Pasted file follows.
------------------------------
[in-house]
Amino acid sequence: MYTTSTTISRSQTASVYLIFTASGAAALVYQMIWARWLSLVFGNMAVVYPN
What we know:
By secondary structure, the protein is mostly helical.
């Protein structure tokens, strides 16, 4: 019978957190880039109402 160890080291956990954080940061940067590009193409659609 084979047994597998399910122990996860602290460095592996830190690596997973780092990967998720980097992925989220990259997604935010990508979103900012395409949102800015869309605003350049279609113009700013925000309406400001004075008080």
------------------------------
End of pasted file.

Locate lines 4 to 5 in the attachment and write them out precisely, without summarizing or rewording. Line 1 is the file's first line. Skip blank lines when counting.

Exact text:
By secondary structure, the protein is mostly helical.
């Protein structure tokens, strides 16, 4: 019978957190880039109402 160890080291956990954080940061940067590009193409659609 084979047994597998399910122990996860602290460095592996830190690596997973780092990967998720980097992925989220990259997604935010990508979103900012395409949102800015869309605003350049279609113009700013925000309406400001004075008080």